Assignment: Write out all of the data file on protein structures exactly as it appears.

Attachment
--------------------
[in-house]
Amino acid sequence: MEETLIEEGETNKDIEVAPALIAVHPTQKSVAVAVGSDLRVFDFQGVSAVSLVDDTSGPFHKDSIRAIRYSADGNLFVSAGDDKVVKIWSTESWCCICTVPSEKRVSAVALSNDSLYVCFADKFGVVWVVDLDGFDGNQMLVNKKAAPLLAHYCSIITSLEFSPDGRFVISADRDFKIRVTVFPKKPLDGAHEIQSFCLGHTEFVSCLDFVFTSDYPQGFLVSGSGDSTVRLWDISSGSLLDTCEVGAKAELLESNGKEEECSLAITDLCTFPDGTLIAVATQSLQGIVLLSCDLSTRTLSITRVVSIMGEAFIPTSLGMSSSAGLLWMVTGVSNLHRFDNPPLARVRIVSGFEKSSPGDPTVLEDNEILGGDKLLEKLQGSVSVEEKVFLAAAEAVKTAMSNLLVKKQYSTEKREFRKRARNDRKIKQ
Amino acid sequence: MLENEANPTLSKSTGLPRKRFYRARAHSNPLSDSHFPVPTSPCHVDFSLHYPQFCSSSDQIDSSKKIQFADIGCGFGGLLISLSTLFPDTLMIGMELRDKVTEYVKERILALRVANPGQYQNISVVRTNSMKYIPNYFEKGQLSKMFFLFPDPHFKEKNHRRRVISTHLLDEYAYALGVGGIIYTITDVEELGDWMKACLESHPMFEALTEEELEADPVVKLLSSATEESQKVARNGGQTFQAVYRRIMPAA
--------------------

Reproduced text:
[in-house]
Amino acid sequence: MEETLIEEGETNKDIEVAPALIAVHPTQKSVAVAVGSDLRVFDFQGVSAVSLVDDTSGPFHKDSIRAIRYSADGNLFVSAGDDKVVKIWSTESWCCICTVPSEKRVSAVALSNDSLYVCFADKFGVVWVVDLDGFDGNQMLVNKKAAPLLAHYCSIITSLEFSPDGRFVISADRDFKIRVTVFPKKPLDGAHEIQSFCLGHTEFVSCLDFVFTSDYPQGFLVSGSGDSTVRLWDISSGSLLDTCEVGAKAELLESNGKEEECSLAITDLCTFPDGTLIAVATQSLQGIVLLSCDLSTRTLSITRVVSIMGEAFIPTSLGMSSSAGLLWMVTGVSNLHRFDNPPLARVRIVSGFEKSSPGDPTVLEDNEILGGDKLLEKLQGSVSVEEKVFLAAAEAVKTAMSNLLVKKQYSTEKREFRKRARNDRKIKQ
Amino acid sequence: MLENEANPTLSKSTGLPRKRFYRARAHSNPLSDSHFPVPTSPCHVDFSLHYPQFCSSSDQIDSSKKIQFADIGCGFGGLLISLSTLFPDTLMIGMELRDKVTEYVKERILALRVANPGQYQNISVVRTNSMKYIPNYFEKGQLSKMFFLFPDPHFKEKNHRRRVISTHLLDEYAYALGVGGIIYTITDVEELGDWMKACLESHPMFEALTEEELEADPVVKLLSSATEESQKVARNGGQTFQAVYRRIMPAA